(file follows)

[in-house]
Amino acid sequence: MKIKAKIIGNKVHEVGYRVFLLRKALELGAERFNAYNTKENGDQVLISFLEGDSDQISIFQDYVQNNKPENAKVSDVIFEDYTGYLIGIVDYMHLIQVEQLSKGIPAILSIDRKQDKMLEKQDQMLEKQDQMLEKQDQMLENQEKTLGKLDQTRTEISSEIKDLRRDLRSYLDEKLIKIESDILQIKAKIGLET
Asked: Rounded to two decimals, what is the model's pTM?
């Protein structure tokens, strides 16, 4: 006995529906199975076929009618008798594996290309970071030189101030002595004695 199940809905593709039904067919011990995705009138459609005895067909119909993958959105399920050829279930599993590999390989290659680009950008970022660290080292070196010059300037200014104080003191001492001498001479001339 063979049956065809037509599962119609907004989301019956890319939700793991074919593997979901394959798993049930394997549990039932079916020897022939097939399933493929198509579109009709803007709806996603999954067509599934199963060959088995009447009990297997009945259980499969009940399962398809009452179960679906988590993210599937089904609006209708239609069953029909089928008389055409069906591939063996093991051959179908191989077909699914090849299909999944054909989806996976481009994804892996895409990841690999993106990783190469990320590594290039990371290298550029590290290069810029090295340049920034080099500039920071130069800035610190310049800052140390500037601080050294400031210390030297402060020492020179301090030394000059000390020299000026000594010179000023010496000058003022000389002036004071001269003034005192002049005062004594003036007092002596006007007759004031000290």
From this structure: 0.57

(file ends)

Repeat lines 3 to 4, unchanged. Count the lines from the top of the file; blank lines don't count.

Asked: Rounded to two decimals, what is the model's pTM?
């Protein structure tokens, strides 16, 4: 006995529906199975076929009618008798594996290309970071030189101030002595004695 199940809905593709039904067919011990995705009138459609005895067909119909993958959105399920050829279930599993590999390989290659680009950008970022660290080292070196010059300037200014104080003191001492001498001479001339 063979049956065809037509599962119609907004989301019956890319939700793991074919593997979901394959798993049930394997549990039932079916020897022939097939399933493929198509579109009709803007709806996603999954067509599934199963060959088995009447009990297997009945259980499969009940399962398809009452179960679906988590993210599937089904609006209708239609069953029909089928008389055409069906591939063996093991051959179908191989077909699914090849299909999944054909989806996976481009994804892996895409990841690999993106990783190469990320590594290039990371290298550029590290290069810029090295340049920034080099500039920071130069800035610190310049800052140390500037601080050294400031210390030297402060020492020179301090030394000059000390020299000026000594010179000023010496000058003022000389002036004071001269003034005192002049005062004594003036007092002596006007007759004031000290």